Event Wrap-Up: Quiksilver Pro France, 2013
C'est La Vie
By Sean Doherty
And so with a thousand mostly-interested Frenchies on the beach and a champagne bukkake party on stage, Mick Fanning became the raging favourite to win this year’s World Title. He’d just bagged himself the final of the Quiksilver Pro at La Penon, and in doing so locked down the only thing his season to date had been missing – an event win.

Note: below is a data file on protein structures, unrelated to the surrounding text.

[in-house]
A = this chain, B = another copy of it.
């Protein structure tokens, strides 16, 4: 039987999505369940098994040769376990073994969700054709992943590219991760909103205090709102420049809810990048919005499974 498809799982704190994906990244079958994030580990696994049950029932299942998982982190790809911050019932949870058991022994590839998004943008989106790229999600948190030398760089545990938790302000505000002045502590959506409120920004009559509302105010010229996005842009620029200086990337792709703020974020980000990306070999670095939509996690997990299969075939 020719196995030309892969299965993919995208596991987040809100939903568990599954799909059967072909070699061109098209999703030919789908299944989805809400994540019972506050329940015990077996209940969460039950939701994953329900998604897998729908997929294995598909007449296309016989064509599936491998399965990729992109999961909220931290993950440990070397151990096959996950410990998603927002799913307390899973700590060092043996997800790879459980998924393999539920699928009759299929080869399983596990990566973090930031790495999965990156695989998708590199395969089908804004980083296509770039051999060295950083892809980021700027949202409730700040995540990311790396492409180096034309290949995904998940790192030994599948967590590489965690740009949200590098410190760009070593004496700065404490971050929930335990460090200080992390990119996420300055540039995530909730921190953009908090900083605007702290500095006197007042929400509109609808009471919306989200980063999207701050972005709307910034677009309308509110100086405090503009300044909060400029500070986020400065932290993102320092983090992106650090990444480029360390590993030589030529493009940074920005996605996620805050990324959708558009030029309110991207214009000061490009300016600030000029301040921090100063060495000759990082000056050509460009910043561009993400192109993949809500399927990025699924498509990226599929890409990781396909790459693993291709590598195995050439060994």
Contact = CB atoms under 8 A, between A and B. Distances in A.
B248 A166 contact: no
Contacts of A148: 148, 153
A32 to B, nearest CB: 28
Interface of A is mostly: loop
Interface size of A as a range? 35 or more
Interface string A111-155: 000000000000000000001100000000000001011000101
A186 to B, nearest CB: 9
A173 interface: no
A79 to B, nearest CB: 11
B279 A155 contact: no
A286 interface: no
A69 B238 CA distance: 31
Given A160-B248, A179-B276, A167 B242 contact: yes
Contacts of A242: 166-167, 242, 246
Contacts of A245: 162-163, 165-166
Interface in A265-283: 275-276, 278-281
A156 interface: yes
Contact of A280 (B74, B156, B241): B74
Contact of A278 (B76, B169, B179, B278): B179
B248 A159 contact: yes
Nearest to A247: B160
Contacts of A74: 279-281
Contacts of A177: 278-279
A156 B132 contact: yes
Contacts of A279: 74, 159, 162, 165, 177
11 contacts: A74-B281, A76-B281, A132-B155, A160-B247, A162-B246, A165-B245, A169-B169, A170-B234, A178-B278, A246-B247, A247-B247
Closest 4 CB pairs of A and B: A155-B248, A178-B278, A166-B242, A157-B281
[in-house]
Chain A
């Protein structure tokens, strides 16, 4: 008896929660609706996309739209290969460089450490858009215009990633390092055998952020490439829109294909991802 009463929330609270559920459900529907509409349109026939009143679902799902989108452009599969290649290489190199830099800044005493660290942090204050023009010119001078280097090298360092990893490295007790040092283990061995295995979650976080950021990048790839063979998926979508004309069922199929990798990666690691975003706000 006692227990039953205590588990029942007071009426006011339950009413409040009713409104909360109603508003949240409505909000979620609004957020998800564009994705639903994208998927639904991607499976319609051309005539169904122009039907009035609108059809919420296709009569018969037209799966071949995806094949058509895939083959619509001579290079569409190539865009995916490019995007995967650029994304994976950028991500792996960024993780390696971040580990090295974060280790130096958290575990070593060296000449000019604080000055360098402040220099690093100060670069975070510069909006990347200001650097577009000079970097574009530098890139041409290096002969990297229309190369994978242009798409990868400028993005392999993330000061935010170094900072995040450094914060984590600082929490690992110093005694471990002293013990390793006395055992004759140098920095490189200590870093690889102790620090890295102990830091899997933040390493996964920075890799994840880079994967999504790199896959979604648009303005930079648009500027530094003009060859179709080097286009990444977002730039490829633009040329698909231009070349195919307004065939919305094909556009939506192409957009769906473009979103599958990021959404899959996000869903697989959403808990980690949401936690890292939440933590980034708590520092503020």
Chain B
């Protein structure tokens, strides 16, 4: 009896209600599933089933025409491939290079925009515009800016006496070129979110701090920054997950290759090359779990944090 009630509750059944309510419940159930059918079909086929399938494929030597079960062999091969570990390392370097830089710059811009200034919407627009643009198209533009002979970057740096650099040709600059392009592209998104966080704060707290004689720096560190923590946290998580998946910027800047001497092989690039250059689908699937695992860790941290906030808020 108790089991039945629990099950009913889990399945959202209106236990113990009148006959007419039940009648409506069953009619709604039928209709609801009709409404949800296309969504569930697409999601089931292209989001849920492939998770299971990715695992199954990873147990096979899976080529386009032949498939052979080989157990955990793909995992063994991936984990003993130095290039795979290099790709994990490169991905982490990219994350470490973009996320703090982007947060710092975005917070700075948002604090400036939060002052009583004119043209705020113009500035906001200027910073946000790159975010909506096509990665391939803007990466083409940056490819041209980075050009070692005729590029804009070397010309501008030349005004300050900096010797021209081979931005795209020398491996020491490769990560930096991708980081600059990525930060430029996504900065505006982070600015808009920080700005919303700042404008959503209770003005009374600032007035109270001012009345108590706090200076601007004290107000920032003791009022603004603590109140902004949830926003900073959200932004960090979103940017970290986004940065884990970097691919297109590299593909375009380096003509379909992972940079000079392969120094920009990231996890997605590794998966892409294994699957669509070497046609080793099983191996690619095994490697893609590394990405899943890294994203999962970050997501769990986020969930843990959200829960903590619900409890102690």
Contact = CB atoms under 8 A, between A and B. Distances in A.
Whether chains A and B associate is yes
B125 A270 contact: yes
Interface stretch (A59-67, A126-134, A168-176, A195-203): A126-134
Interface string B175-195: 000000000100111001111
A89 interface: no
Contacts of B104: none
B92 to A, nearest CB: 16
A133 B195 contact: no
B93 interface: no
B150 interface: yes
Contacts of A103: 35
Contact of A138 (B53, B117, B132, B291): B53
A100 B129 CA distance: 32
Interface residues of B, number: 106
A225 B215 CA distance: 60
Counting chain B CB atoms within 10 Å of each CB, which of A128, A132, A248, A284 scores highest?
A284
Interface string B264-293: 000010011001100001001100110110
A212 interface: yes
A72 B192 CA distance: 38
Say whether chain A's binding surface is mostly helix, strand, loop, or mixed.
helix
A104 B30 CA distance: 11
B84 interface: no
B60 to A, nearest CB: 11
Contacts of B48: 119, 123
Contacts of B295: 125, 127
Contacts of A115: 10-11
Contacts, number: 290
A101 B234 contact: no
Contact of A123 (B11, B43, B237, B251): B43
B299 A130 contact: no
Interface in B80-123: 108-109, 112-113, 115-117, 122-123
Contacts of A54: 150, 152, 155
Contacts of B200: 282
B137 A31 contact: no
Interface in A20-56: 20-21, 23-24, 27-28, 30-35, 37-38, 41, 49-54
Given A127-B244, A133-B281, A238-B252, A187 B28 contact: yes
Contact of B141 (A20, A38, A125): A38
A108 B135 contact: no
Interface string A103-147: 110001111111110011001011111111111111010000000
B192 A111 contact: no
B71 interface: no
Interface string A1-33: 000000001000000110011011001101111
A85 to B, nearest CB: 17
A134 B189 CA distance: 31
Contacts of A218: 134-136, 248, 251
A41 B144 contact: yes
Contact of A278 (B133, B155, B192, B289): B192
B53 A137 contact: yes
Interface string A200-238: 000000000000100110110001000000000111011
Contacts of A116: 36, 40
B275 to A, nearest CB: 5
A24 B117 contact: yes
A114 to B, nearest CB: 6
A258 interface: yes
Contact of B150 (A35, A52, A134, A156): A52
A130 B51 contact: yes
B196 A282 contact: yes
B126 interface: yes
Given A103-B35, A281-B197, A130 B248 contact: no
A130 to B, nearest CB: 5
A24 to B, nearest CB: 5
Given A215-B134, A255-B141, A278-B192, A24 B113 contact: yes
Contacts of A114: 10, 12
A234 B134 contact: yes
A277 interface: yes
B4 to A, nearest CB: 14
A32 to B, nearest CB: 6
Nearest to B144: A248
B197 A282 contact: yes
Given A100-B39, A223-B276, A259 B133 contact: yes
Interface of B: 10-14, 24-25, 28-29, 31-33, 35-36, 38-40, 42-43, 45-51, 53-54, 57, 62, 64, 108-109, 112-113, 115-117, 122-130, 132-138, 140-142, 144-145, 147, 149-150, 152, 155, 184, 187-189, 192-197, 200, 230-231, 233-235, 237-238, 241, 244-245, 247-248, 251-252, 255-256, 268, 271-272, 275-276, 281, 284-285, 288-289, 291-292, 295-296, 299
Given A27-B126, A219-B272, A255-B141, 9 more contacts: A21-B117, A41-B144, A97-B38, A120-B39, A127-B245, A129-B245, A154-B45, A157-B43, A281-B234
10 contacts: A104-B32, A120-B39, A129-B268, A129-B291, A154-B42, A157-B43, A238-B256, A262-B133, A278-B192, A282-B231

Watching online last night in the early hours from a hemisphere away, it proved an instructive evening on several fronts. For while Mick was busy winning on the beaches in France, the girls’ World Title was being decided at the same time down the Iberian Peninsula at Guincho, just outside of Lisbon. The scheduling of these two scenarios up against each other was plain loopy, as both warranted centre stage. This needs to be fixed for next season. Putting the girls heats out in the scraps when the men and women surf together is one thing, but scheduling a men’s event up against their World Title decider is another. At 1am last night the girls’ world title was wide open. Carissa drew Steph Gilmore in the biggest girls’ heat all year, for had Carissa lost it would have handed a maiden World Title to Tyler Wright. It lived up to the billing and went down to a tenth of a point, Steph just falling short of becoming a Queenmaker and handing Tyler the Title. By the time you read this, the girls’ Title will be decided. Carissa or Tyler, both worthy (Ed’s Note: Carissa Moore won the Title while our writer here was in mid-air somewhere tapping out this article en-route to Portugal for commentating duties, you can watch the highlights here: Coastalwatch | Coastalwatch Plus).